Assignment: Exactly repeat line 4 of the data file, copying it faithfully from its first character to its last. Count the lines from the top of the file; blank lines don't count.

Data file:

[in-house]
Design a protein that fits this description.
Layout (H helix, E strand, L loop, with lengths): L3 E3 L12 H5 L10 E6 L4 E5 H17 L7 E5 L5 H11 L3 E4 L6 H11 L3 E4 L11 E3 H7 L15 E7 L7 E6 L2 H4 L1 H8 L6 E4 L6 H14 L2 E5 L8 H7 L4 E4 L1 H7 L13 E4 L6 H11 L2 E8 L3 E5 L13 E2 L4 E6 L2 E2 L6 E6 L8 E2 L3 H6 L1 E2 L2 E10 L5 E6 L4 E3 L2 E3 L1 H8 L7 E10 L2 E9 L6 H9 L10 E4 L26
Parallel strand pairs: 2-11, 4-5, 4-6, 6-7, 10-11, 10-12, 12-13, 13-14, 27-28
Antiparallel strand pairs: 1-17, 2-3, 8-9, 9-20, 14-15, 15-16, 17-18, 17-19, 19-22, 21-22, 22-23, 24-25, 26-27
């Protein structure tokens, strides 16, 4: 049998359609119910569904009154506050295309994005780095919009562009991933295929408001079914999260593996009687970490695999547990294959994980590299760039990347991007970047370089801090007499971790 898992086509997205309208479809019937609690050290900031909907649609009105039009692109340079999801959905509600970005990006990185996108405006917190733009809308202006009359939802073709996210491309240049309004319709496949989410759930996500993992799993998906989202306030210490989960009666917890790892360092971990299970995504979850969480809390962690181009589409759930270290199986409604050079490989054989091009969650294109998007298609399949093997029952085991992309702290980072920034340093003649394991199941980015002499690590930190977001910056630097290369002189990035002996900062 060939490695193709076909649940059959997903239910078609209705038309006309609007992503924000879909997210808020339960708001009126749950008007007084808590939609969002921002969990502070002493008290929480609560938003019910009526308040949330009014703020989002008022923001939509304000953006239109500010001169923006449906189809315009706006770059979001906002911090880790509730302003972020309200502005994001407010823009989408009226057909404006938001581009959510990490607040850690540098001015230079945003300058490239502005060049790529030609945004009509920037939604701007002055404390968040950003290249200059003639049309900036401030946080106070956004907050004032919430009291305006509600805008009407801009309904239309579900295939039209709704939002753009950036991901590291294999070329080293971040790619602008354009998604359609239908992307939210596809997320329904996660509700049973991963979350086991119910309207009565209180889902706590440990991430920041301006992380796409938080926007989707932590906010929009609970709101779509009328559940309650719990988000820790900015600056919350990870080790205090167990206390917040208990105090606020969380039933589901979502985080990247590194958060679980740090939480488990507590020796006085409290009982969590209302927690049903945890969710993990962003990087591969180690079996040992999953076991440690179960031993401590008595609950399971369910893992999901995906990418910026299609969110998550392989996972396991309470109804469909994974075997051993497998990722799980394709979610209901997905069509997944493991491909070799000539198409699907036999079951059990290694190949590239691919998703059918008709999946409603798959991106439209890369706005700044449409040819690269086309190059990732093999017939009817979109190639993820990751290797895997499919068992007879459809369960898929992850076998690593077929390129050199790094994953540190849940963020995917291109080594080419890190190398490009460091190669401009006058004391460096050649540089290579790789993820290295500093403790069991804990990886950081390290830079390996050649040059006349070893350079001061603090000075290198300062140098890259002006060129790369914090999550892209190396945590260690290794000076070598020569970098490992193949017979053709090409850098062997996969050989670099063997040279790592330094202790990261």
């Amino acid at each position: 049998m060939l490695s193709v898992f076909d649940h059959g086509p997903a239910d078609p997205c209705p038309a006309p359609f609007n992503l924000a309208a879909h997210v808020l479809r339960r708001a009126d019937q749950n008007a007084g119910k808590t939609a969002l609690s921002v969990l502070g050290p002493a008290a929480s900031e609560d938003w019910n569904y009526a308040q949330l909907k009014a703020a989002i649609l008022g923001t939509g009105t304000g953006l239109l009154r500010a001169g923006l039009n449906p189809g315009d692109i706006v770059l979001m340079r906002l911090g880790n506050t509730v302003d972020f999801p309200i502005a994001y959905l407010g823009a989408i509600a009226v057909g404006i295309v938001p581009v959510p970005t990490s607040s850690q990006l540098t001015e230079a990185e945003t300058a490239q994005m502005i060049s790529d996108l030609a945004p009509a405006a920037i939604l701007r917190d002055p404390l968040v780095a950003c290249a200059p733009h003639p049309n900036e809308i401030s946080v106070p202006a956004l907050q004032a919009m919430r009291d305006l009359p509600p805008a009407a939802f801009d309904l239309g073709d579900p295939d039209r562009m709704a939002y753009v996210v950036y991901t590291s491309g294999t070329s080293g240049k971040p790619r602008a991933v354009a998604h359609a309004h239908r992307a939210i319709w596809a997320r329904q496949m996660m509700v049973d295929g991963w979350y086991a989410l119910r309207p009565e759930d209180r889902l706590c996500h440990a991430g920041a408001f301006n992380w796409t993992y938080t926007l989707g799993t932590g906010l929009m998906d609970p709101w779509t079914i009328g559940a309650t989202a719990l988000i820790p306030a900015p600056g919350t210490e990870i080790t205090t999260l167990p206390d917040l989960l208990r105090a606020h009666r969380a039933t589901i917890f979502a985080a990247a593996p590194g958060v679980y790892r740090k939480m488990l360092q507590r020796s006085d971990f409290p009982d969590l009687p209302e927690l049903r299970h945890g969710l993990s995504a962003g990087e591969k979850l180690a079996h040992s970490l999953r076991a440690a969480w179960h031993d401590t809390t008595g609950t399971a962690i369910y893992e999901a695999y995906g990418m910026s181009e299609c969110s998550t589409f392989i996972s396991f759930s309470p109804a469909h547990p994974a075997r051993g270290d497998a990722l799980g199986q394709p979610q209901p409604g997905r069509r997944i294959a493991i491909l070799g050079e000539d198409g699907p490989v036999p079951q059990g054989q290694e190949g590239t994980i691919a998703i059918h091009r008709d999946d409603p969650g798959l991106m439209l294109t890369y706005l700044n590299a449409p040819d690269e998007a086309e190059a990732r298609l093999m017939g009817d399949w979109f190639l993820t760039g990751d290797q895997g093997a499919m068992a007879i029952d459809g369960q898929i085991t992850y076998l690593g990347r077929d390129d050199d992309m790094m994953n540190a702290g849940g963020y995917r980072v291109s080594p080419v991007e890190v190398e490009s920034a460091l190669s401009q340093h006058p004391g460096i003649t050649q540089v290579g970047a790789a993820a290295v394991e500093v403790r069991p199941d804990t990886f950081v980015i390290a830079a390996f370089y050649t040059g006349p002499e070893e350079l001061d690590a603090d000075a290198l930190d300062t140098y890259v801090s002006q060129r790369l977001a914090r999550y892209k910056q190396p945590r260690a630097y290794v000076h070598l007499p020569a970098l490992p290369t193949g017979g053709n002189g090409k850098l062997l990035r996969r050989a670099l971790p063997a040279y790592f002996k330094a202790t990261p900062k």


Parallel strand pairs: 2-11, 4-5, 4-6, 6-7, 10-11, 10-12, 12-13, 13-14, 27-28